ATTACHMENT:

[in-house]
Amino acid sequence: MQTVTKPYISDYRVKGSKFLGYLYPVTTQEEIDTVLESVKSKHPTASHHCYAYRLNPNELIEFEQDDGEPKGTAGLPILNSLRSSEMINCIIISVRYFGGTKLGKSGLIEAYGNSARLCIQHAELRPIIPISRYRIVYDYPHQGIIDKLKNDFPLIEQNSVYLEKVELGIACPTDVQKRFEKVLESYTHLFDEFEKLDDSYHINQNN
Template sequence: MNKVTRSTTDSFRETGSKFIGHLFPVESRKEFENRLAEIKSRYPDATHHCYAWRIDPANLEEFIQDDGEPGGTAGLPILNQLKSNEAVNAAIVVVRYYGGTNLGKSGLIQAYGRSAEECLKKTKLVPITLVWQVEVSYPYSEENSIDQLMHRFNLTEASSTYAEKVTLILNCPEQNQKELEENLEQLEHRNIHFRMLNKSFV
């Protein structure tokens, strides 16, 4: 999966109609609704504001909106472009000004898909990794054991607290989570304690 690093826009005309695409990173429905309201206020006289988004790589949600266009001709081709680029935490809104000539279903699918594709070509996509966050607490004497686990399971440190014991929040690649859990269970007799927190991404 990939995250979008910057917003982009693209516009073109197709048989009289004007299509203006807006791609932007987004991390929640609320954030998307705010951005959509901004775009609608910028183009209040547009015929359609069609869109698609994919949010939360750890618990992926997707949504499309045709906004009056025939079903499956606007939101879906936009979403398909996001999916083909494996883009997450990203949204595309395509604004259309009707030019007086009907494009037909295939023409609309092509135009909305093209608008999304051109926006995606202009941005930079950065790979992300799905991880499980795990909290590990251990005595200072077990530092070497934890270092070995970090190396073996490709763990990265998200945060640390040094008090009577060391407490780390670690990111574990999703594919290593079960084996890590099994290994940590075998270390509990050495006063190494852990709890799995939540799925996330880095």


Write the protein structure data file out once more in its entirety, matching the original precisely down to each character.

[in-house]
Amino acid sequence: MQTVTKPYISDYRVKGSKFLGYLYPVTTQEEIDTVLESVKSKHPTASHHCYAYRLNPNELIEFEQDDGEPKGTAGLPILNSLRSSEMINCIIISVRYFGGTKLGKSGLIEAYGNSARLCIQHAELRPIIPISRYRIVYDYPHQGIIDKLKNDFPLIEQNSVYLEKVELGIACPTDVQKRFEKVLESYTHLFDEFEKLDDSYHINQNN
Template sequence: MNKVTRSTTDSFRETGSKFIGHLFPVESRKEFENRLAEIKSRYPDATHHCYAWRIDPANLEEFIQDDGEPGGTAGLPILNQLKSNEAVNAAIVVVRYYGGTNLGKSGLIQAYGRSAEECLKKTKLVPITLVWQVEVSYPYSEENSIDQLMHRFNLTEASSTYAEKVTLILNCPEQNQKELEENLEQLEHRNIHFRMLNKSFV
């Protein structure tokens, strides 16, 4: 999966109609609704504001909106472009000004898909990794054991607290989570304690 690093826009005309695409990173429905309201206020006289988004790589949600266009001709081709680029935490809104000539279903699918594709070509996509966050607490004497686990399971440190014991929040690649859990269970007799927190991404 990939995250979008910057917003982009693209516009073109197709048989009289004007299509203006807006791609932007987004991390929640609320954030998307705010951005959509901004775009609608910028183009209040547009015929359609069609869109698609994919949010939360750890618990992926997707949504499309045709906004009056025939079903499956606007939101879906936009979403398909996001999916083909494996883009997450990203949204595309395509604004259309009707030019007086009907494009037909295939023409609309092509135009909305093209608008999304051109926006995606202009941005930079950065790979992300799905991880499980795990909290590990251990005595200072077990530092070497934890270092070995970090190396073996490709763990990265998200945060640390040094008090009577060391407490780390670690990111574990999703594919290593079960084996890590099994290994940590075998270390509990050495006063190494852990709890799995939540799925996330880095």